Kastellorizo is the tiny outpost of Greece that’s so close to Turkish shores locals joke that on a good day when the winds are right, you can smell the kebabs being grilled on the other side. The island was one of the last to join an independent Greece, being signed over to the nation in 1947. The 2011 census recorded its population at under 500 individuals, and it takes a long ferry journey to get to the island. But those willing to come this far will find a tranquil gem of an island unspoiled by tourism where you can live a truly authentic experience of Greece. Here are five reasons why you should visit this little island.
1. Go truly far from the crowds
Kastellorizo has a subtle, unique atmosphere. There is nothing specific that causes it, it’s a spontaneous occurrence stemming the knowledge shared by all those on this small remote island of the distance that separates them from the rest of the country. Notions of calmness and tranquility acquire new meaning on this far-flung island, located on the easternmost tip of Greece, away from everyone and everything. There’s no better place to head to if you want to avoid the crowds and see Greece without the glossy coating of mass tourism.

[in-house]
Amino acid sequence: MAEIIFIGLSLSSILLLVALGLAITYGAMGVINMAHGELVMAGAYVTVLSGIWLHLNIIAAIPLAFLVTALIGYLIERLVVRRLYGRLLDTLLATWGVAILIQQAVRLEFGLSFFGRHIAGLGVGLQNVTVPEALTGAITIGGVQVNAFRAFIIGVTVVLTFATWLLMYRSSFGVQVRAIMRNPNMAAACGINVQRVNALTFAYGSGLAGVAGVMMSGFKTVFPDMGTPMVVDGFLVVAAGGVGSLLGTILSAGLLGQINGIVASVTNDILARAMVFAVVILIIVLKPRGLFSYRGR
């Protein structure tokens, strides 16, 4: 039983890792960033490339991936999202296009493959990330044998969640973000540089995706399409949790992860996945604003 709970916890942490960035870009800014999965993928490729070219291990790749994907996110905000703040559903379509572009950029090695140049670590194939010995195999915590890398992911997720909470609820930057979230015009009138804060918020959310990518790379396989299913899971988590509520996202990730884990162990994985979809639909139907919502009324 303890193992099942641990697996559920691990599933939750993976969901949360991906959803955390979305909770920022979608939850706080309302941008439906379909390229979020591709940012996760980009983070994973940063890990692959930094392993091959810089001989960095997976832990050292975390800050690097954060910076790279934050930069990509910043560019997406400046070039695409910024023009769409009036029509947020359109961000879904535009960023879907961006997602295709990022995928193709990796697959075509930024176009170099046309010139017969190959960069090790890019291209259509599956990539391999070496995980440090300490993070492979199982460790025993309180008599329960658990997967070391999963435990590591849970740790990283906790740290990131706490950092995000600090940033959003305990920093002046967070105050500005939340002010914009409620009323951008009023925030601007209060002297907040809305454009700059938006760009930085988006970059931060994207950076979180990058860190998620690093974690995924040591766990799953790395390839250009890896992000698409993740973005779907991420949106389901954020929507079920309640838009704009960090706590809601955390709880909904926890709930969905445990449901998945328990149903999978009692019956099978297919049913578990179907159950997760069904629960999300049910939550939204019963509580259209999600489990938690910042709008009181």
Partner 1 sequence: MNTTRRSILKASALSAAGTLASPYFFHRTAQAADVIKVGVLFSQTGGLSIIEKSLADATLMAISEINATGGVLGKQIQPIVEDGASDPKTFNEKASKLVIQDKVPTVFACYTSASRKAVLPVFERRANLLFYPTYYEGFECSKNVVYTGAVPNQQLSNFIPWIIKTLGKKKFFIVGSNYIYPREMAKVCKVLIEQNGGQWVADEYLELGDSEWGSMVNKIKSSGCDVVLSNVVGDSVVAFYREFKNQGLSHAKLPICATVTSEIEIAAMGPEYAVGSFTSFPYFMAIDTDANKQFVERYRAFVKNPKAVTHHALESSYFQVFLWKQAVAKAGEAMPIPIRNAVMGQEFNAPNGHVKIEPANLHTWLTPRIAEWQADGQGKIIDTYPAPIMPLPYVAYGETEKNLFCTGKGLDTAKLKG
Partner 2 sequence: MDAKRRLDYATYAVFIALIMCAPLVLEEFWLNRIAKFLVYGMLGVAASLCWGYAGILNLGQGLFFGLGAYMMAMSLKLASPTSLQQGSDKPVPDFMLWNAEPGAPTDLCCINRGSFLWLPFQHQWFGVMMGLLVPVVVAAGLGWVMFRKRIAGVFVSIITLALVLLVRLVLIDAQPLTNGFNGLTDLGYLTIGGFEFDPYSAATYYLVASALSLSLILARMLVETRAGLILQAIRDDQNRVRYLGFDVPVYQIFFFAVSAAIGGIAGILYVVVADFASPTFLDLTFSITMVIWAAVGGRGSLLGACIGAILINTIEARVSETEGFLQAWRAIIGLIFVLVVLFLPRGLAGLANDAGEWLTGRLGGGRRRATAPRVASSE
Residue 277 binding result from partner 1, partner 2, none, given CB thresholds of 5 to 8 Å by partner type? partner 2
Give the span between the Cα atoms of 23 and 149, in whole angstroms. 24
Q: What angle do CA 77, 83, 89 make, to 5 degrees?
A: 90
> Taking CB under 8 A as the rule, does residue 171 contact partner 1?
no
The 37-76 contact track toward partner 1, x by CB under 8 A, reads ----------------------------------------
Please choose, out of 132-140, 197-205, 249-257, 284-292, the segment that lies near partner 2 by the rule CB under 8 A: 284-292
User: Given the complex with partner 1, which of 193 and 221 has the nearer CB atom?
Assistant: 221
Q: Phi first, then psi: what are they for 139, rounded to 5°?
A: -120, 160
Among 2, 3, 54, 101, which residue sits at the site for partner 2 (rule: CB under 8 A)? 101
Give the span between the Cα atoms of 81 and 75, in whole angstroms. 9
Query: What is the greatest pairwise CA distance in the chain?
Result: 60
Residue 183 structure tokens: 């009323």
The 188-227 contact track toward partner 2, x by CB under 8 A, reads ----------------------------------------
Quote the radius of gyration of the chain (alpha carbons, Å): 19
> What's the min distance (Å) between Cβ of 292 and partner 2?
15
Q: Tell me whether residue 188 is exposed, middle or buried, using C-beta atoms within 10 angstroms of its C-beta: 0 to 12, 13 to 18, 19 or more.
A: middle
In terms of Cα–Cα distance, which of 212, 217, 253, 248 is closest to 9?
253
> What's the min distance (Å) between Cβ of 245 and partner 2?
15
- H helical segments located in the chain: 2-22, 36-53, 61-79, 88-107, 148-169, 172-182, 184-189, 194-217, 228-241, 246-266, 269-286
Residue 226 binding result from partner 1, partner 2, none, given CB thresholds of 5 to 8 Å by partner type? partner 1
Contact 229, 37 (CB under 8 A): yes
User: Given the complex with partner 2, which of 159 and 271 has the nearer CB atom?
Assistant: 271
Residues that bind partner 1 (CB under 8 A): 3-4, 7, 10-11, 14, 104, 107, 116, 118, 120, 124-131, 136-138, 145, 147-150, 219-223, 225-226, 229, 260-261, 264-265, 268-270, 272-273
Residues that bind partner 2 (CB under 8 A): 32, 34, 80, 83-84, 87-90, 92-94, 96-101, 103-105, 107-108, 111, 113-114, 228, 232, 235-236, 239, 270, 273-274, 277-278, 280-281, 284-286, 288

2. Admire the mansions
The colorful mansions are the dominant image in Kordoni, as locals call the coast in front of the port. The settlement is listed and strict rules govern any new construction or house restoration.
Many of the neoclassical mansions are specimens of the island’s heyday in the early 20th century, such as Sandrapeia Urban School, whose architecture inspired the University of Athens building.
Built in 1903, it now houses the school of the island. Other buildings, such as New Market and City Hall were built during the Italian occupation and have a different and impressive architecture.
3. Climb the hills to see Turkey from Greece
Visiting St. George of the Mountain, high on the hills of Kastellorizo may require climbing some 401 steps, but the view from above the village and across to Turkey is well worth the extra effort. Inside the monastery there is a small catacomb, the church of Aghios Charalambos. Before setting off, ask the locals for the keys as the church is usually locked.
4. Swim in the Blue Cave
Also known as Cave Parasta or Fokiali, the Blue Cave is a unique monument of nature. It is 75-meters-long, 40-meters-wide, and has a height of 35 meters. It is richly adorned with stalactites and when the sun hits the water at the right angle, the entire cave is lit up in an astonishing shade of blue. Dive into the cold waters to literally bathe yourself in shades of blue. Access is by boat or speedboat while good sea conditions are required to enter and exit without any problems.
5. Visit the historic islet of Ro
Located southwest of Kastellorizo, the Lady of Ro, Despina Achladioti, was for many years the islet’s only inhabitant. Until 1982, when she died, the Lady would raise the Greek flag every day, in a symbolic, but also important, gesture for the residents of Kastellorizo.